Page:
by Jay A. McCalla

“Dis is Philly” is a local idiom with multiple, didactic applications for the visitor who wants to understand our city quickly. For example:

Question: How is it legal for our Council people to have outside, full-time employment? .

Answer: Dis is Philly.

See what I mean ? The phrase explains in a way that assumes no real explanation is required.

Let’s try that again.

Q. Why do Democrats always beat Republicans for mayor.

A. Dis is Philly.

It’s a glib retort that informs “Dorothy” – she is now in Oz – and expectations must be adjusted. But even that “old standby” can no longer explain the absolute invincibility of Democratic mayoral candidates that has endured since 1952 in the face of mounting evidence that neither prosperity nor sacrifice is shared, and that mayors spend too much and tax too much and borrow too much.

Republican rule, which ended in 1952 with Mayor Barney Samuels, certainly had its conspicuous flaws. Unencumbered by a civil service, cops, firemen — all city workers — could be hired or fired on the whim of a Republican pol. The power to hand out jobs naturally gave way to the sale of jobs. Corruption was rampant.

Between Barney Samuels’ last day in office and today, Republicans have lost almost 16 consecutive mayoral elections. Sure, there’s an embarrassingly lopsided voter registration that favors Democrats. But, how on earth has that been sustained so uncritically for three quarters of a century?

The historical epicenter of brand loyalty was 1987, when incumbent Mayor W. Wilson Goode beat challenger Frank Rizzo, in the general election. It was just two years earlier that Goode had presided over the firebombing of the MOVE compound, an abominable fiasco that resulted in death and destruction that scarred our image worldwide. The margin was close, but a win is a win.

Since local Democratic politics is rarely organized around values, they can only be judged by their public stewardship. It’s my view that Democratic stewardship in Philadelphia has been provably and simply awful.

Sure, we witnessed the supernova known as Ed Rendell, who saved us from bankruptcy, built hotels and successfully encouraged us to “make it a night” in Center City. But, he ignored the expanding deficit in our pension fund and invested very little in parks, libraries and recreation centers. Poverty expanded and schools continued their downward slide.

The things Rendell ignored have been equally ignored by every mayor — Democrats, all — since. In fact, the justification for Jim Kenney’s $400 million “Rebuild” is the decades of mayoral neglect.

Speaking of Kenney, if this were a politically dynamic and competitive town, I’m confident he would be the mayor most likely to break the Democratic winning streak.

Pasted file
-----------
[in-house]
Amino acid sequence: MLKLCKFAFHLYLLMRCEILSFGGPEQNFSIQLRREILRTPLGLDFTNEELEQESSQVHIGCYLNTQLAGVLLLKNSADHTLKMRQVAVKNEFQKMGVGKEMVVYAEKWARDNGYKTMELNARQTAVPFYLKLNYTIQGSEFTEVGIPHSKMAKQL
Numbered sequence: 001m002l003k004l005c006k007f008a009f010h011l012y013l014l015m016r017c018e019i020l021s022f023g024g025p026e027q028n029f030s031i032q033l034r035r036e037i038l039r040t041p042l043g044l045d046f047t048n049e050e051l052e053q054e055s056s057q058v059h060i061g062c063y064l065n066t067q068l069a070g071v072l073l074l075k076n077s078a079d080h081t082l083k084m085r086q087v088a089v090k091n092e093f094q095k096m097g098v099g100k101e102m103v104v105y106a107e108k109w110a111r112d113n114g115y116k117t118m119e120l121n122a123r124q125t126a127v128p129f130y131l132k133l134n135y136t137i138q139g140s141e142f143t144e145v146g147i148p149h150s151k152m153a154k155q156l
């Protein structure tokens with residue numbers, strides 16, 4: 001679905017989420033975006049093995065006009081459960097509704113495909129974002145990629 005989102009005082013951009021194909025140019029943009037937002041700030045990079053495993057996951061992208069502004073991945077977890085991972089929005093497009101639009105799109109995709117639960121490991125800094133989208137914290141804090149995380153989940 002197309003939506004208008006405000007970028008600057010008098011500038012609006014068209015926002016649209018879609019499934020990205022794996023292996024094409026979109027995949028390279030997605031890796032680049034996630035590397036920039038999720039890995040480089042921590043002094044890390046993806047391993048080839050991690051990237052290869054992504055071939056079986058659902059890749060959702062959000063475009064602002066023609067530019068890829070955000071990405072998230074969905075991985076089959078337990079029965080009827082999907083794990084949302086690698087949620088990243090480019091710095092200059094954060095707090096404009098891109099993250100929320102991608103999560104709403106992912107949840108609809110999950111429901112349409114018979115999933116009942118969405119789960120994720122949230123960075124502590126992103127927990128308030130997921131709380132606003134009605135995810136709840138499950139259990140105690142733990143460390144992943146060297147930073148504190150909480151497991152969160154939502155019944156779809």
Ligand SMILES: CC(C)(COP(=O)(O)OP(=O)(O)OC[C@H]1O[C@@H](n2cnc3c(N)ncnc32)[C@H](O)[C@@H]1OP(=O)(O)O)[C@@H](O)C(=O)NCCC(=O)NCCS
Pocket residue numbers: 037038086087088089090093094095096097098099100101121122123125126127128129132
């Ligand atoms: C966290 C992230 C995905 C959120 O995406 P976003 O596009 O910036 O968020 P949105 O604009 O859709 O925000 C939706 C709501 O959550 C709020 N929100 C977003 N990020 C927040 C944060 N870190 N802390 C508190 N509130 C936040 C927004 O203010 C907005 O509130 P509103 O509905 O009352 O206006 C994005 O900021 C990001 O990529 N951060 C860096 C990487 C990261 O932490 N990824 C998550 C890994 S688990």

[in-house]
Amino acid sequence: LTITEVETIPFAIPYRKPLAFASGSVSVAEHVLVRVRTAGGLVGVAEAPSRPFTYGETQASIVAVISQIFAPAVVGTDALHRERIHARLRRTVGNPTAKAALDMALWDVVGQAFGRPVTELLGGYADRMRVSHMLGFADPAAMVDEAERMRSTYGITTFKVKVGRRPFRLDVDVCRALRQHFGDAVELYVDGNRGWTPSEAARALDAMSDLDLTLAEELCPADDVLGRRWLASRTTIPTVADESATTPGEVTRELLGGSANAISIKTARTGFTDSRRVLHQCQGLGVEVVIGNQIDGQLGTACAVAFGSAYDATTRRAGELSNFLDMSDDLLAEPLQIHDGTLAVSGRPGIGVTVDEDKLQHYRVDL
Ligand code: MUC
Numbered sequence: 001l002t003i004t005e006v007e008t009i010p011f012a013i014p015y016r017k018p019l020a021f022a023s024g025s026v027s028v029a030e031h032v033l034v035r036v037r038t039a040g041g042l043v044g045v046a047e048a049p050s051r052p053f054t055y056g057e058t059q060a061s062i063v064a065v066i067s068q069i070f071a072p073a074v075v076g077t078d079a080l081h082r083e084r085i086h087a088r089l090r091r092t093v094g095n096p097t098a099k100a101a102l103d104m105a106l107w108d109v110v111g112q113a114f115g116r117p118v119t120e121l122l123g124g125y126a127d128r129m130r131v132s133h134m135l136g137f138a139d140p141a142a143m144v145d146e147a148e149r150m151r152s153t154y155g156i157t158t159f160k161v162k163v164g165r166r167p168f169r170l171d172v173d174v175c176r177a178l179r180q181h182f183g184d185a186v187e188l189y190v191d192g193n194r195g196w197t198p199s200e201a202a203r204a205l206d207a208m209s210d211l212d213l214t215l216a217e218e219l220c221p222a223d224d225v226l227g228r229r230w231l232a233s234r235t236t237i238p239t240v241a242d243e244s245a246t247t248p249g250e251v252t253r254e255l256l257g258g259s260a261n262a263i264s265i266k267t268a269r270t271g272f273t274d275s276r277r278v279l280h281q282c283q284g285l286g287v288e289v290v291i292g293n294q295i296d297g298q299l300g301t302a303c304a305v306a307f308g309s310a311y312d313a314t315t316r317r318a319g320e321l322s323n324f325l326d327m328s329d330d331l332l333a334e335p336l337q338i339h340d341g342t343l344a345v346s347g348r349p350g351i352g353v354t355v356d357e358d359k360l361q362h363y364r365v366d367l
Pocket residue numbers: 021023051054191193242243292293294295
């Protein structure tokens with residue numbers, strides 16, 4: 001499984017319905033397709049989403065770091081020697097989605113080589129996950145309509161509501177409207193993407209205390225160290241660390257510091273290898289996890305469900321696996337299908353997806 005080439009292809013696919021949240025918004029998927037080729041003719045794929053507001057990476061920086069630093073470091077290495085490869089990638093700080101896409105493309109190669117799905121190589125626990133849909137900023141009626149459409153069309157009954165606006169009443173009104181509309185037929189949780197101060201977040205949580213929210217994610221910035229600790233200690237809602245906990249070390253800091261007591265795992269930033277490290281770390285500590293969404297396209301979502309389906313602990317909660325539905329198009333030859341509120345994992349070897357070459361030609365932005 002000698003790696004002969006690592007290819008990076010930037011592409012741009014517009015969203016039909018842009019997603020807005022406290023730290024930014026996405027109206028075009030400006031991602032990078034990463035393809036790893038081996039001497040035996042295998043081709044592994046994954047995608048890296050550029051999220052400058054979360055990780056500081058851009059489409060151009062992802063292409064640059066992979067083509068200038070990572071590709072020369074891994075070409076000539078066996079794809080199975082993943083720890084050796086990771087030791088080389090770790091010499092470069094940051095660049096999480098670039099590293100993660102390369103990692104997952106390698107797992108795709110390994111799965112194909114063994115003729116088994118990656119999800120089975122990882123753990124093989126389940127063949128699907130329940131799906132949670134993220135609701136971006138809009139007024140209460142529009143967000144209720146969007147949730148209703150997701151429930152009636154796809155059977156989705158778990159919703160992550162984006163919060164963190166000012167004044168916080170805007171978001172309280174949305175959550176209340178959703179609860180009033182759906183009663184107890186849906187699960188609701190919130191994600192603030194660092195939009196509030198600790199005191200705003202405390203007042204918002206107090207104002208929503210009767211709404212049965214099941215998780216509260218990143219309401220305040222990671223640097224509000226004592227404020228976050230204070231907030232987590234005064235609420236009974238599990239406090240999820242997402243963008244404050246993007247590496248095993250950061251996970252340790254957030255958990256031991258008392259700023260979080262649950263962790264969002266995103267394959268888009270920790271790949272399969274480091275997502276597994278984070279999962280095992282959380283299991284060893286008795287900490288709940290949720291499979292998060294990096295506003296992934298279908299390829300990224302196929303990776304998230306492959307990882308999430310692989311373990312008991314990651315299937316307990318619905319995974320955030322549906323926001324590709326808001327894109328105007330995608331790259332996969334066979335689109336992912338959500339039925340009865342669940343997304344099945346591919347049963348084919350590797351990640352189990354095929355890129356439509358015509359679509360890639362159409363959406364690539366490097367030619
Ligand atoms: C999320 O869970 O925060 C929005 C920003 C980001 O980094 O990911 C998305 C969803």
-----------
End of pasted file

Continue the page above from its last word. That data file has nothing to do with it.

Almost immediately upon taking office, he tempted a potential black challenger by going back on his campaign promise to end stop-and- frisk, which is unpopular with minorities. Recently, City Controller Rebecca Rhynhart caught Kenney in a major deception concerning his “precious” soda tax. Kenney said the tax was for “the kids” and that was just not true. Far more than 75 percent goes straight to the General Fund. What remains is split between Rebuild and “the kids.”

Kenney’s office told Philadelphia Magazine last week that Rhynhart’s report on the soda tax was misleading.

“It is extremely disappointing that the controller chose to issue such misleading and inaccurate information,” Kenney spokesman Mike Dunn said. “In short, all of the money that is in reserve is going to be spent on the programs. This was made clear when Mayor Jim Kenney proposed the tax two years ago, it was made clear during last year’s budget process, and it was made clear on March 1st of this year, when we announced to reporters the revised projections for the beverage tax.”

Kenney’s recent refusal to disclose the cost of our Super Bowl parade only adds to the aforementioned shortcomings in the Candor Department.

Character aside, Kenney is raising real estate taxes by almost $1 billion, adding $600 million to annual spending and piling on new debt that may approach yet another $1 billion.

In most other cities, an incumbent with these vulnerabilities would have challengers dropping from the sky. Republicans would be jogging in place, getting ready to clobber Kenney and his “borrow, tax and spend” administration.

But, Dis is Philly, and there’s every indication Kenney will run unopposed in the Democratic primary and crush his Republican opponent the following November. His performance in office will matter very little, given most citizens will stay home, leaving the election to be dominated by party loyalists.

The good news is that a city can renew itself in vital ways. Immigrants arrive, suburbanites move in and local college graduates stay to build their lives. As they integrate into Mother Philly, they bring fresh ideas, new sensibilities and smart questions that can change our fortunes, making our governance a model from which we all benefit.

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